I spent the following hour meditating on those words. Lying there, saturated in the stillness, I felt lightyears away from that room. My mind reached back in time, taking a tour of my family history, collecting a list of names. I thought about all of the women in previous generations who inspired me in some way — particularly those who infused me with a sense of grit and prowess.
Some would be nearby in the hospital's waiting room once labour found me, and some would be filling my phone with loving wishes from miles away. Yet I felt equally drawn to those who had passed on. There was my great-grandmother, Nellie, who gave birth to 10 children and lived to be 100 years old. There was my other great-grandmother, Bonnie, who birthed six children and remained fiery and unstoppable well into her eighties — dancing in our living room at Christmas, proudly showing off her flaming magenta hair. And there was my mother, diagnosed with diabetes at 19 years old, who had given the fight of her lifetime to sustain her pregnancy with me. When her doctor told her I would never be born, she responded with an unwavering confidence, proclaiming, "I will have this baby!" Although she had died in a tragic accident when I was 6 years old, I knew that if she had been able to conjure such potent level of determination and will a healthy baby to herself (despite the physical odds stacked against her), that same breed of tenacity was alive and well in me. I could activate it in her honour.
Four days later, my husband and I were lugging our bags through the hospital, being guided to our labour and delivery room. Once I'd been checked in, met my nurses and changed into my gown, stillness blanketed our room. My husband drifted to sleep on a couch nearby. The shades were drawn to block out the city lights and the space became mostly dark — lit only by the glow of my contraction monitor and a sliver of light from under the door. I shut my eyes and decided to invite the spirits of my family members inside.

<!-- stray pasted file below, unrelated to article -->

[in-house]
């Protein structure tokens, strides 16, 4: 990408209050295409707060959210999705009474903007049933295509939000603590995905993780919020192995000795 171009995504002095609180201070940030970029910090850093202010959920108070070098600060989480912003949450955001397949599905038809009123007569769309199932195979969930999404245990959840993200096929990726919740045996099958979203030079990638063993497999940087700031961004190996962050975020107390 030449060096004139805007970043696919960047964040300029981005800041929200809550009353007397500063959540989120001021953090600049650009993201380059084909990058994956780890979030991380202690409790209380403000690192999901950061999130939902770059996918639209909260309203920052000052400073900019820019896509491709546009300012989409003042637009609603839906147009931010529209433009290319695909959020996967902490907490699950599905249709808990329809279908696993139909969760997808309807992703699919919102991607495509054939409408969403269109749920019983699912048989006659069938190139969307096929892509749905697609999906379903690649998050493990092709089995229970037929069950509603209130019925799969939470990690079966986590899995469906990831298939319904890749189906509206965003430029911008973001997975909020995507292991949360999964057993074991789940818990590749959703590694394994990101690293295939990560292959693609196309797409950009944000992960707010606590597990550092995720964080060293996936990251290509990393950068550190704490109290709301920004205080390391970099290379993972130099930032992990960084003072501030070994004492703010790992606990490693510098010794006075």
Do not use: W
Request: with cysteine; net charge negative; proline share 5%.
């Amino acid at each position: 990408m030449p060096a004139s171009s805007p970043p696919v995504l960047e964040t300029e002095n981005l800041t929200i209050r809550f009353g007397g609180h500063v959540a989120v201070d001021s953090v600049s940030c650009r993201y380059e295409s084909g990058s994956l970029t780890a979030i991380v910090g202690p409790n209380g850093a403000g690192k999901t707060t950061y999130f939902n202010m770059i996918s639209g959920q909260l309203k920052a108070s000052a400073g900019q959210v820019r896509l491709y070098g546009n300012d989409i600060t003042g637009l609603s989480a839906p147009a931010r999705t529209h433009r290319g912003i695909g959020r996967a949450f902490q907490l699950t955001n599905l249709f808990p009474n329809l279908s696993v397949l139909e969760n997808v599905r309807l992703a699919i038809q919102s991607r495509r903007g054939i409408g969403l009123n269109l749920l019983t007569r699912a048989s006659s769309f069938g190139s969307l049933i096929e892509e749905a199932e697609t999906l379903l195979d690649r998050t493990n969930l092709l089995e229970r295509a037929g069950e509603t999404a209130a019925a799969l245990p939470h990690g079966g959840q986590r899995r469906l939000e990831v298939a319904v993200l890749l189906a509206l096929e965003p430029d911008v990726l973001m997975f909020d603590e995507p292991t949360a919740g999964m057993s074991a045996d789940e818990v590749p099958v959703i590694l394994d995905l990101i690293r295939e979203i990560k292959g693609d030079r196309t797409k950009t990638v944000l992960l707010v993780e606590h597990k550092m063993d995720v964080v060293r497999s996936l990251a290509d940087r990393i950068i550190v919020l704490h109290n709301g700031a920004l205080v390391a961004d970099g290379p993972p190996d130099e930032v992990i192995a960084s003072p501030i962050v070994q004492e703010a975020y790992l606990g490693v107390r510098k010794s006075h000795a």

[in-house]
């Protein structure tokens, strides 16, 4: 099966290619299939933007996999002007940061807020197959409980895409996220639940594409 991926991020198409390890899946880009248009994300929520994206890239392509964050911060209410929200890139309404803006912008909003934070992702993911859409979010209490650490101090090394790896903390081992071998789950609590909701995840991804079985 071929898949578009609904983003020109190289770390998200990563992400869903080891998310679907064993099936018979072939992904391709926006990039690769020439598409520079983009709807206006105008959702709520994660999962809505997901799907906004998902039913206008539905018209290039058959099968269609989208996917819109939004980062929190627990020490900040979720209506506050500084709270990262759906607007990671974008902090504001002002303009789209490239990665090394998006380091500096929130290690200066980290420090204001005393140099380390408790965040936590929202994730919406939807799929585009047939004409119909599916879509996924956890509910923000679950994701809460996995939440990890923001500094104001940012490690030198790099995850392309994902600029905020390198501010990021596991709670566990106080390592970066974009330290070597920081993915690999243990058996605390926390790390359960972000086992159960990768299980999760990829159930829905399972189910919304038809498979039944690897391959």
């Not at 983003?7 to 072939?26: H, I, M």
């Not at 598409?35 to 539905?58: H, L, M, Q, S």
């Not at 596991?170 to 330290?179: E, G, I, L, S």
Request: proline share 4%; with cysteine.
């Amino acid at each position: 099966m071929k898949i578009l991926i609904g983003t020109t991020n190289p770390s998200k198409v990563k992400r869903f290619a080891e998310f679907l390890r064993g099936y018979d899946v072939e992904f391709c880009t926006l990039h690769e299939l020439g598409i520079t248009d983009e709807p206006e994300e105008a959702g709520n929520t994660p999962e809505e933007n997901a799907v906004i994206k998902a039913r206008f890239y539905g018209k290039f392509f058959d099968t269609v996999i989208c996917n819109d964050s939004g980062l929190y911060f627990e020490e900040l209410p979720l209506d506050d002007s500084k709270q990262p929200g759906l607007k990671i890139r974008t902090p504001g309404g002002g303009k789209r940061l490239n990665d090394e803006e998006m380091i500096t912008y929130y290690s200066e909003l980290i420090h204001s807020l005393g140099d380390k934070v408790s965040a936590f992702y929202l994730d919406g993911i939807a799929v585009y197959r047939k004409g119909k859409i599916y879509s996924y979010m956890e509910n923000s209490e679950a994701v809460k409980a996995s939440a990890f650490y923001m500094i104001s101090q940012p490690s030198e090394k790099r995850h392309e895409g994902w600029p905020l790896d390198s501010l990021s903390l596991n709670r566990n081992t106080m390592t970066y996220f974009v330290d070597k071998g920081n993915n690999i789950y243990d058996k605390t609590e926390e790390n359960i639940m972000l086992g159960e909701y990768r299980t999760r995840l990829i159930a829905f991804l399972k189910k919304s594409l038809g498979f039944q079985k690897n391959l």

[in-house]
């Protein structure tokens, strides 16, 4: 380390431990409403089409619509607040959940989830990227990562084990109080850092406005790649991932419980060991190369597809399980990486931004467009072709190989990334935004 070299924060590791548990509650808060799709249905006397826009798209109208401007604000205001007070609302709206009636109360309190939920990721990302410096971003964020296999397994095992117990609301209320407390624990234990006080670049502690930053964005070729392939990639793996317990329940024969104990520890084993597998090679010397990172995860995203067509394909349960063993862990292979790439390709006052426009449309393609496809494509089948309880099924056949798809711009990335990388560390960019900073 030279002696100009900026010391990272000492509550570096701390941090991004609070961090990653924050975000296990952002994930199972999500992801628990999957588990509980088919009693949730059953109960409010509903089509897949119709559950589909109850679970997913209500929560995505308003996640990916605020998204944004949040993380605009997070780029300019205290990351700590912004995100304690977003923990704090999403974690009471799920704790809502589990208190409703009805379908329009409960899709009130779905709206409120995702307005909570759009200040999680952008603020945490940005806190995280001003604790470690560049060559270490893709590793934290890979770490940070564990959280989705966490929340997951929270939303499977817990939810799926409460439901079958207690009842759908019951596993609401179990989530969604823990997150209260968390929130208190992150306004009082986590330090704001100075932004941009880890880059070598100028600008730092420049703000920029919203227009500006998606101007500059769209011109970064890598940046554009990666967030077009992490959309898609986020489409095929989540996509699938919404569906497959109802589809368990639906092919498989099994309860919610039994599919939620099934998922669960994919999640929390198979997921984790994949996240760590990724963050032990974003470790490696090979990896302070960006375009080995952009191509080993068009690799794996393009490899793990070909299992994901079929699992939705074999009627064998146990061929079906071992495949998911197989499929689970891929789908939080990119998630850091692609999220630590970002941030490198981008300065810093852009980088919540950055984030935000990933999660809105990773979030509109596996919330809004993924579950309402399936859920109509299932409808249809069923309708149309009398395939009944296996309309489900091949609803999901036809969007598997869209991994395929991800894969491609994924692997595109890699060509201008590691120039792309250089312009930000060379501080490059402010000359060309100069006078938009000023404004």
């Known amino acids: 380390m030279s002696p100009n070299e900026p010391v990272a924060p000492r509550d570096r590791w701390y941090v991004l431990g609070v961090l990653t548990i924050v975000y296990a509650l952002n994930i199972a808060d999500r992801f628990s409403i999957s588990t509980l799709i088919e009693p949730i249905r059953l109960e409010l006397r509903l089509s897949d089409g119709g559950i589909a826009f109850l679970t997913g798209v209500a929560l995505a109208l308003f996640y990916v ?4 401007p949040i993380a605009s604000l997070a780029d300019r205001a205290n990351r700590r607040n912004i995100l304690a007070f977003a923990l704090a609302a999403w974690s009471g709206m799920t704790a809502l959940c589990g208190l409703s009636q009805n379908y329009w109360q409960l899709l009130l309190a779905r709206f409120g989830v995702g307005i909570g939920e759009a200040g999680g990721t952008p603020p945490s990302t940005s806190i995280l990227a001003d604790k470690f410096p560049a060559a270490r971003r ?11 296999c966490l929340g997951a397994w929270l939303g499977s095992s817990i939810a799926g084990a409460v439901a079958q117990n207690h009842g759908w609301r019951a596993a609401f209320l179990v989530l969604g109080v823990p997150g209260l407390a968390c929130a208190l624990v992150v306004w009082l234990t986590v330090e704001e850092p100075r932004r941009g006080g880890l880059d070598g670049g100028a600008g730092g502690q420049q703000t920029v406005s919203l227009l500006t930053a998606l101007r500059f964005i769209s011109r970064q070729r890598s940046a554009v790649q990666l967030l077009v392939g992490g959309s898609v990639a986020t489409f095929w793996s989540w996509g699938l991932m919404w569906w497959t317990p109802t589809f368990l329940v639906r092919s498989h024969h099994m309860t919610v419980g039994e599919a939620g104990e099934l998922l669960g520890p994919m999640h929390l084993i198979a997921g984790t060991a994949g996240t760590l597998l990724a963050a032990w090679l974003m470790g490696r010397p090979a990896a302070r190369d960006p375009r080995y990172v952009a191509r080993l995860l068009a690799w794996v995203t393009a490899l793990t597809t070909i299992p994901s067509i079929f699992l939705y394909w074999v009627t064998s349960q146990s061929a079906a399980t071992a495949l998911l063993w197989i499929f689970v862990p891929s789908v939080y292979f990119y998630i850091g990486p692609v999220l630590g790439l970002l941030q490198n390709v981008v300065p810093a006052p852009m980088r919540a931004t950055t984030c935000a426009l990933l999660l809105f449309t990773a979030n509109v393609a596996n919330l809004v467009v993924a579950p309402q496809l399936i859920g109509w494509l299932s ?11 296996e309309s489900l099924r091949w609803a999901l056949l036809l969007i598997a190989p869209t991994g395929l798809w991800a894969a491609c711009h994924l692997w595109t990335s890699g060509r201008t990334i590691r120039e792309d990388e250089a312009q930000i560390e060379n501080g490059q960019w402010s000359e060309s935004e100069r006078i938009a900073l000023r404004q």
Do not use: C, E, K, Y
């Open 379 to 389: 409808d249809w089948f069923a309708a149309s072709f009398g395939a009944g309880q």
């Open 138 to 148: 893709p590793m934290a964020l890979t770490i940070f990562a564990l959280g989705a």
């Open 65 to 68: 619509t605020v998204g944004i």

I knew that their strength and resilience lived on in my biology, and I channelled that insight into an empowering tool.
I visualized them encircling my bed, beaming supportively with knowing gazes — as though they had already been given a preview of my baby's enchanted arrival. As though they were eagerly waiting to pass me the motherhood torch, and induct me into their sacred tribe of warriors. I felt their unconditional faith and love, their high-fives, their affirming cheers resounding throughout the cosmos — across galaxies and planets and stars and sky, as though they were guarding my baby's soul until she landed earth-side. Whether or not their presence was true in a literal sense didn't matter. I knew that their strength and resilience lived on in my biology, and I channelled that insight into an empowering tool for my intersection between pregnancy and motherhood. It helped me find my zen, while infusing me with courage and significance.
The following evening, with my husband by my side, I crossed through the realm of labour and into motherhood, after more than a sweaty hour of pushing. "Earth Angel" poured from the speaker on a nearby table, filling the room, blending majestically with the sound of my baby girl's first cry. Once the nurse confirmed that she was stable, swaddled her, and placed her in my arms, I stared into her face — euphorically awed, exhausted, and deliriously smitten, yet eerily calm. Also whirring with a sense of honour to have been inducted into the sacred tribe of warriors who had made it possible for me.